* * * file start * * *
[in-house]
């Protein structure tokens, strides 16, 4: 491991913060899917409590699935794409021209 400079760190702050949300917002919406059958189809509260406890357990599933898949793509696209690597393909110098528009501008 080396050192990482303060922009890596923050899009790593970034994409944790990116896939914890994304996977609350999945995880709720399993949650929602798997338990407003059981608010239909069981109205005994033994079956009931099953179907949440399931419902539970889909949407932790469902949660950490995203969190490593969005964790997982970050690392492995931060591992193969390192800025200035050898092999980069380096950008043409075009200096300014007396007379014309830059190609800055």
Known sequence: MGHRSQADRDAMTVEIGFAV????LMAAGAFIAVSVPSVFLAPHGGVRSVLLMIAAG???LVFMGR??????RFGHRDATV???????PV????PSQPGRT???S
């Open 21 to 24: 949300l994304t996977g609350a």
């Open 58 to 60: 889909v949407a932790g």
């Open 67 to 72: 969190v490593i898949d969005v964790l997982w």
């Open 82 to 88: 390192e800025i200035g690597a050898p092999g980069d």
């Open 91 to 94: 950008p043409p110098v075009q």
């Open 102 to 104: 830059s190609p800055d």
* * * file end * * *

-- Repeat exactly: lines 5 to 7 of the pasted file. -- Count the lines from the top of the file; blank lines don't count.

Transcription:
């Open 58 to 60: 889909v949407a932790g």
């Open 67 to 72: 969190v490593i898949d969005v964790l997982w």
């Open 82 to 88: 390192e800025i200035g690597a050898p092999g980069d």